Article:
The Republican strategy during Robert Mueller’s House Judiciary Committee testimony has been to attempt to undermine the former special prosecutor, questioning everything from the path of his government career to his legal logic.
The GOP members’ moves were carefully pre-planned, Republican operatives said earlier, and coordinated with the White House to raise doubts about the Mueller report’s conclusions on Russian interference into the 2016 presidential election—and particularly about its negative portrayal of Donald Trump.
Perhaps inadvertently, Ken Buck, the Colorado Republican, seems to have raised more doubts about Trump and his future criminal prosecution instead:
In a tense exchange, Buck repeatedly hammered Mueller on why he had not concluded that the president obstructed justice. “You made the decision on Russian interference,” he said, but when it came to obstruction of justice, “you threw a bunch of stuff at a wall to see what would stick.”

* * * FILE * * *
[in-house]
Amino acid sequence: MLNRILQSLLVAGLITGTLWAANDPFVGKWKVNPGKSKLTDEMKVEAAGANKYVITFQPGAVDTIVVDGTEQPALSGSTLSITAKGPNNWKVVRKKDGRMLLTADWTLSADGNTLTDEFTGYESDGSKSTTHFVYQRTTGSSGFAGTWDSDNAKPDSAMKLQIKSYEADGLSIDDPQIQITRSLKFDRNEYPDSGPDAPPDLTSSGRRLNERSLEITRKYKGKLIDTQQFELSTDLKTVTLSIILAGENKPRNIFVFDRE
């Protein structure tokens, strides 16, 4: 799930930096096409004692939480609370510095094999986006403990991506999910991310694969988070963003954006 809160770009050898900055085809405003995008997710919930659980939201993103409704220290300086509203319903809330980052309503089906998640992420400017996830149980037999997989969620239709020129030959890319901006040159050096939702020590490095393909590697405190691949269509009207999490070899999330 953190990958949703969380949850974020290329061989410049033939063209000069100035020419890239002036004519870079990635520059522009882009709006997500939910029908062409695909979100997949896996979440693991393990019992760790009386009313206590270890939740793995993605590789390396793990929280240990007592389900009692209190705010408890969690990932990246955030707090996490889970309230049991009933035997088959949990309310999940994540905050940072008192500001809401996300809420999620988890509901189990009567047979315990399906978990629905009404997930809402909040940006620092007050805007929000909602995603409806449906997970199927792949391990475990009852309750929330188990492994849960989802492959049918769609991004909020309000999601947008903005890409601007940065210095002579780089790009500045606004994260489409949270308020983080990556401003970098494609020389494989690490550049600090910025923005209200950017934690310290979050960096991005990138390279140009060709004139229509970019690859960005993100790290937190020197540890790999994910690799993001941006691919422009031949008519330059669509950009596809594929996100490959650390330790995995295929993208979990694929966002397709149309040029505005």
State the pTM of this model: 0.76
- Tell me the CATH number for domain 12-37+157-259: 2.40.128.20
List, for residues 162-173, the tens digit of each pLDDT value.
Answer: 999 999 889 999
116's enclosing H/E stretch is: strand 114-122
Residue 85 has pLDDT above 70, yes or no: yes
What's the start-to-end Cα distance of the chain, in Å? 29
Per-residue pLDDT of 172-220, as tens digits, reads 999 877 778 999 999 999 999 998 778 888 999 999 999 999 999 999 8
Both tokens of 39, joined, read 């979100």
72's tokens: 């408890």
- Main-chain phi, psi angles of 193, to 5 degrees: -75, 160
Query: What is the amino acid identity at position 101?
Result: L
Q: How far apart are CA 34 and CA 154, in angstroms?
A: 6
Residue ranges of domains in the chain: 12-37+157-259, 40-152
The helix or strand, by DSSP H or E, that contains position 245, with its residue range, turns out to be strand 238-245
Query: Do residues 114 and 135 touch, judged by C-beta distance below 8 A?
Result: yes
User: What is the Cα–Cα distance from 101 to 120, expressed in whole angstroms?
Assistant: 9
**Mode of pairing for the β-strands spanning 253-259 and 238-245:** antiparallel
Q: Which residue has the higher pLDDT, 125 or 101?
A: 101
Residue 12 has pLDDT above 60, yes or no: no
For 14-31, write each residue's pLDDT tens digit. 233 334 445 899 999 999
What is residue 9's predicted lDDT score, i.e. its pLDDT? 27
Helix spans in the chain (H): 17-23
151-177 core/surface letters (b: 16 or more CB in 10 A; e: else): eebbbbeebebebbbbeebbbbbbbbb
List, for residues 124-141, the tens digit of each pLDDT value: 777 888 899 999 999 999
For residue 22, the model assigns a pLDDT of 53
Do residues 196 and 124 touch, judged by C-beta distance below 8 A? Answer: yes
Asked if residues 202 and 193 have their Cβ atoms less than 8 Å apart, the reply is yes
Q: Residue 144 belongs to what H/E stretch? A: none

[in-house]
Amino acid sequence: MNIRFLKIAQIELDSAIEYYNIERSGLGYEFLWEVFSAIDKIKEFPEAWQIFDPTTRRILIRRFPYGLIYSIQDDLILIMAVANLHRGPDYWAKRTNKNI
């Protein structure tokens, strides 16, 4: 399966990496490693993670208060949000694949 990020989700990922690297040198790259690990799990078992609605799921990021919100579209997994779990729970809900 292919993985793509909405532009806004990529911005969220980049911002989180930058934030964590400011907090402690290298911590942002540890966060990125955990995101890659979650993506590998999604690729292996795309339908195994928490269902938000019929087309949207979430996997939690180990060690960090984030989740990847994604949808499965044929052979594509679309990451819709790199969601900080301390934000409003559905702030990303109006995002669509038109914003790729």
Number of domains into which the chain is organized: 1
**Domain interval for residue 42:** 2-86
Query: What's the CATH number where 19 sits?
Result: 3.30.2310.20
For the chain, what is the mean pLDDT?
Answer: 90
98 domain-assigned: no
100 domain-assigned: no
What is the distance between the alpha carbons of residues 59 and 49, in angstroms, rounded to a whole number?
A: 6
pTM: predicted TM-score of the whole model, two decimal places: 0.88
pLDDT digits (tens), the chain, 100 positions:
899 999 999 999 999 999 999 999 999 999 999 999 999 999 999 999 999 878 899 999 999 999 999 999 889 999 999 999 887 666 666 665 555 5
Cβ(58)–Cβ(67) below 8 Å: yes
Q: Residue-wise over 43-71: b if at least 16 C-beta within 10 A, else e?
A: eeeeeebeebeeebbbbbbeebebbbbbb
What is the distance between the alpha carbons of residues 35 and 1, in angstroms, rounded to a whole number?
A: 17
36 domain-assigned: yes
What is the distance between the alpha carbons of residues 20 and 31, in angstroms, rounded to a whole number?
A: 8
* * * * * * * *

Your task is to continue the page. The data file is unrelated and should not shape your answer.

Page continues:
“I would not agree with that characterization at all,” Mueller replied, adding he believed he could not charge Trump with obstruction, because of the Office of Legal Counsel’s determination that a sitting president could not be charged.
“Could you charge the president with a crime after he left office?” Buck asked.
“Yes,” Mueller said.
Buck appeared taken aback. “You believe you could charge the president of the United States with an obstruction of justice after he left office?”
“Yes,” Mueller said again.
The moment is already being characterized as a great soundbite—for the Democrats.